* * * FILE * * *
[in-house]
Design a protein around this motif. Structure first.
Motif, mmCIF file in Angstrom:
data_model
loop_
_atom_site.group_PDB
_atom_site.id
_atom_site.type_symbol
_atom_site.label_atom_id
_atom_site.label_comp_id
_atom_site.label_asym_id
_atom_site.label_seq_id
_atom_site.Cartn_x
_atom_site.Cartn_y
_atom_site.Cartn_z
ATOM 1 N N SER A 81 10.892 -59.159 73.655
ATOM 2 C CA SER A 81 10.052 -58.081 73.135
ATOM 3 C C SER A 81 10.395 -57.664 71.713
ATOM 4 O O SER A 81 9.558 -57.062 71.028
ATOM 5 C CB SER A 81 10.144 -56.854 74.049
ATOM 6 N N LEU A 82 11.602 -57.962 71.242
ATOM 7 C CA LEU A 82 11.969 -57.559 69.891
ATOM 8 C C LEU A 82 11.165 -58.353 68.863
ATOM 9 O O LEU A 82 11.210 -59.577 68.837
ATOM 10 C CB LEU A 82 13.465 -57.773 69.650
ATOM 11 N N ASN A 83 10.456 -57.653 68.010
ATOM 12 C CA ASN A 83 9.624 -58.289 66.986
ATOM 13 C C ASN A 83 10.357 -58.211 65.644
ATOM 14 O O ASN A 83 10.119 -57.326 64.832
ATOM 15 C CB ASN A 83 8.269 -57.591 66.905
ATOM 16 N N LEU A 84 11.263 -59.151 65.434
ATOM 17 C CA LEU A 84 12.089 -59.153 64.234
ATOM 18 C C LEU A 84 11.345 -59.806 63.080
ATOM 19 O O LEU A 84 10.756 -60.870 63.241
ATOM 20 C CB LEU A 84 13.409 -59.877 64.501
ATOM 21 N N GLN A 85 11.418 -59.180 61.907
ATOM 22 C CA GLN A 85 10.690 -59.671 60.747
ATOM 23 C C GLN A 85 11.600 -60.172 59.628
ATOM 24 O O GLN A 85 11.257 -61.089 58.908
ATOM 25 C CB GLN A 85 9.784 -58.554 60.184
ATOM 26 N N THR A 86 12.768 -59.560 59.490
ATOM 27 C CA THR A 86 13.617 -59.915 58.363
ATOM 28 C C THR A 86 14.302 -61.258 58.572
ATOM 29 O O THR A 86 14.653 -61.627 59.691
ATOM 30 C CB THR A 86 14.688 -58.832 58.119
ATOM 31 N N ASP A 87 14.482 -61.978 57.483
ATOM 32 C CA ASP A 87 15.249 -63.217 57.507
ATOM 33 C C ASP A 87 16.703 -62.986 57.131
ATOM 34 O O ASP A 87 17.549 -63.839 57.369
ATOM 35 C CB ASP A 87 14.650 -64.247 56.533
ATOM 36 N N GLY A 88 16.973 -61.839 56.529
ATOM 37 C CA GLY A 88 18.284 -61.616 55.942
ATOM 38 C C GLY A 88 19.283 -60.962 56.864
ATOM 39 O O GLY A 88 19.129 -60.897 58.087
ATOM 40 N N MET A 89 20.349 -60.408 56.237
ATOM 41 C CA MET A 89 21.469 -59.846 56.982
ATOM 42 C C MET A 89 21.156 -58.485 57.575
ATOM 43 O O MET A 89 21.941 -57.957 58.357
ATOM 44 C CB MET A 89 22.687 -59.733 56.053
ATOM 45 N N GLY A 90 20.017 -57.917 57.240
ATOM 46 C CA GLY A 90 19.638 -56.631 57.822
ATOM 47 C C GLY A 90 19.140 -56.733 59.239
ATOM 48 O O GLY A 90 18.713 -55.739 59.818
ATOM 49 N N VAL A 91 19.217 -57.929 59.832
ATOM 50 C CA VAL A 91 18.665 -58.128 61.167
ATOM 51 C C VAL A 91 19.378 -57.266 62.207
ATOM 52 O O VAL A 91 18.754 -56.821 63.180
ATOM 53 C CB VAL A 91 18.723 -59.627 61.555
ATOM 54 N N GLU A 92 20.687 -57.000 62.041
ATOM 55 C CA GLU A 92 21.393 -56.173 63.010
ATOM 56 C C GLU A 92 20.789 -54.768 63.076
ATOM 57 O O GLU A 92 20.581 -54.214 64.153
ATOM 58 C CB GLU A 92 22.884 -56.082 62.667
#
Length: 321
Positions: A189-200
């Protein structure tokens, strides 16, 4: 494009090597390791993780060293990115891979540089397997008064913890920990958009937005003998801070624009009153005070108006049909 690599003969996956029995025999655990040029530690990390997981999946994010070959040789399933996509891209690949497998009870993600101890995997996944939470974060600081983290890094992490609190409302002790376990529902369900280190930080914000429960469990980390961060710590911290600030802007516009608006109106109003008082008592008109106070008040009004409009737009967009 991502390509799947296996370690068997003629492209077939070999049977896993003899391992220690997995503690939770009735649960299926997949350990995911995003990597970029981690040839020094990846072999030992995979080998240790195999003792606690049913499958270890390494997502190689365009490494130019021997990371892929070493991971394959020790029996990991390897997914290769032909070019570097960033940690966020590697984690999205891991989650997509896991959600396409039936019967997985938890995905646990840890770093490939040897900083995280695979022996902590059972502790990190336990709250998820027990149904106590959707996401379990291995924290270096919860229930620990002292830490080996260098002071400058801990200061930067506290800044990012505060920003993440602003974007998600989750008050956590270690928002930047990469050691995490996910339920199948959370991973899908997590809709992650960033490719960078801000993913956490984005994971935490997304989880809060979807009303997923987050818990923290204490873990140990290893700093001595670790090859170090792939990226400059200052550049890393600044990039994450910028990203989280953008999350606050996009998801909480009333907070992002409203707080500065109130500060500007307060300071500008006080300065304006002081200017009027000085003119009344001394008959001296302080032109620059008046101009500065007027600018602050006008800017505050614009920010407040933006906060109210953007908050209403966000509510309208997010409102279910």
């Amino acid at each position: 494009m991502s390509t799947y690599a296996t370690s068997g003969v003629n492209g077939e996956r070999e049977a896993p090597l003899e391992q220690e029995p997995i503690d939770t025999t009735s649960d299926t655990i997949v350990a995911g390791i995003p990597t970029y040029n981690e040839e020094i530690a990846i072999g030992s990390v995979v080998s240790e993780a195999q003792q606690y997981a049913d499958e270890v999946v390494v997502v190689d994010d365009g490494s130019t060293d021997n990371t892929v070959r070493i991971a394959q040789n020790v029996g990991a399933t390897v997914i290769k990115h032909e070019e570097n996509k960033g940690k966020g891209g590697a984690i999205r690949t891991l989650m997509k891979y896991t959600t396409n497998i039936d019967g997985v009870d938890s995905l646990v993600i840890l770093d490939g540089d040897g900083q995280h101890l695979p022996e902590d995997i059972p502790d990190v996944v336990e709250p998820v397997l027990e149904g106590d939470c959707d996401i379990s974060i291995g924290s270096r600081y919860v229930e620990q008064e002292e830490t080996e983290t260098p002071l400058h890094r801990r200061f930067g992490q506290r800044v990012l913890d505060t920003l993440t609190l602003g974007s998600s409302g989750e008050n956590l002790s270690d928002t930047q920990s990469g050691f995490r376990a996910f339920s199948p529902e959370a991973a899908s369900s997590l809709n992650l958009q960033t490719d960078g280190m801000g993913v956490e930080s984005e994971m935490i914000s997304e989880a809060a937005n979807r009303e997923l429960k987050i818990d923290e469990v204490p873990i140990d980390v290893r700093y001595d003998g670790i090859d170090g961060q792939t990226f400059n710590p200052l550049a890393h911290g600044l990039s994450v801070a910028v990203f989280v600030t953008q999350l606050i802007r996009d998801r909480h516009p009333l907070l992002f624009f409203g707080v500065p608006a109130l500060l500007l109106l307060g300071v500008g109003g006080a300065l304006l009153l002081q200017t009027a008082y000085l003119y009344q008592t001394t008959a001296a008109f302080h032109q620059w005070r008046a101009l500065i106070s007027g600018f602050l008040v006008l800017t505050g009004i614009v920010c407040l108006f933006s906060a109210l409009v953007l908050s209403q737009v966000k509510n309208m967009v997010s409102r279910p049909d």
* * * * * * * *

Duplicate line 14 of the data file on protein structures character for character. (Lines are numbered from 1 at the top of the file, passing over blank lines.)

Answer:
_atom_site.Cartn_y